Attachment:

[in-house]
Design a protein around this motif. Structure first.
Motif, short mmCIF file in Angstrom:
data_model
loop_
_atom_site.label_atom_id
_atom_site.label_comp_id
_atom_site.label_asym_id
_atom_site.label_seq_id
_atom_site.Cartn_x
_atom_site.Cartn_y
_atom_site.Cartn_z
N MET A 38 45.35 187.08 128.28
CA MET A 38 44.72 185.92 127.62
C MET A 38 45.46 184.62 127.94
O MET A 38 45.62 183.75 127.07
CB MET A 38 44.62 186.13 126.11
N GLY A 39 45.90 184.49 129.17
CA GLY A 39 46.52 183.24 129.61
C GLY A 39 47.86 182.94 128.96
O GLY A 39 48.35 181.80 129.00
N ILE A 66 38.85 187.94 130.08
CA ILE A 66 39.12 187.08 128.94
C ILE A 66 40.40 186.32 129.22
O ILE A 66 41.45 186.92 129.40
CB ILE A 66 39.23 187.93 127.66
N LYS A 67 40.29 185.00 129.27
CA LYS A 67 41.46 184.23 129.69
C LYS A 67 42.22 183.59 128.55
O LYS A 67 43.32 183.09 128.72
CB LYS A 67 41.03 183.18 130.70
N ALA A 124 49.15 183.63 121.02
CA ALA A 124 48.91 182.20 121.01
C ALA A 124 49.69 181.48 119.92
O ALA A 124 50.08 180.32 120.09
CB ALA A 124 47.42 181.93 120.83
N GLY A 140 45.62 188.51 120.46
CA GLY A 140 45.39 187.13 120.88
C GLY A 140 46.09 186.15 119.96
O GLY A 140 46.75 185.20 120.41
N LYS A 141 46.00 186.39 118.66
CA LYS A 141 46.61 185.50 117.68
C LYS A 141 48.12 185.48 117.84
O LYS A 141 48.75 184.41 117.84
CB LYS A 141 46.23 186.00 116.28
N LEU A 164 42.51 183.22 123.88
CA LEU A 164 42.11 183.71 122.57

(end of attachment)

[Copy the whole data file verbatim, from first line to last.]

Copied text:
[in-house]
Design a protein around this motif. Structure first.
Motif, short mmCIF file in Angstrom:
data_model
loop_
_atom_site.label_atom_id
_atom_site.label_comp_id
_atom_site.label_asym_id
_atom_site.label_seq_id
_atom_site.Cartn_x
_atom_site.Cartn_y
_atom_site.Cartn_z
N MET A 38 45.35 187.08 128.28
CA MET A 38 44.72 185.92 127.62
C MET A 38 45.46 184.62 127.94
O MET A 38 45.62 183.75 127.07
CB MET A 38 44.62 186.13 126.11
N GLY A 39 45.90 184.49 129.17
CA GLY A 39 46.52 183.24 129.61
C GLY A 39 47.86 182.94 128.96
O GLY A 39 48.35 181.80 129.00
N ILE A 66 38.85 187.94 130.08
CA ILE A 66 39.12 187.08 128.94
C ILE A 66 40.40 186.32 129.22
O ILE A 66 41.45 186.92 129.40
CB ILE A 66 39.23 187.93 127.66
N LYS A 67 40.29 185.00 129.27
CA LYS A 67 41.46 184.23 129.69
C LYS A 67 42.22 183.59 128.55
O LYS A 67 43.32 183.09 128.72
CB LYS A 67 41.03 183.18 130.70
N ALA A 124 49.15 183.63 121.02
CA ALA A 124 48.91 182.20 121.01
C ALA A 124 49.69 181.48 119.92
O ALA A 124 50.08 180.32 120.09
CB ALA A 124 47.42 181.93 120.83
N GLY A 140 45.62 188.51 120.46
CA GLY A 140 45.39 187.13 120.88
C GLY A 140 46.09 186.15 119.96
O GLY A 140 46.75 185.20 120.41
N LYS A 141 46.00 186.39 118.66
CA LYS A 141 46.61 185.50 117.68
C LYS A 141 48.12 185.48 117.84
O LYS A 141 48.75 184.41 117.84
CB LYS A 141 46.23 186.00 116.28
N LEU A 164 42.51 183.22 123.88
CA LEU A 164 42.11 183.71 122.57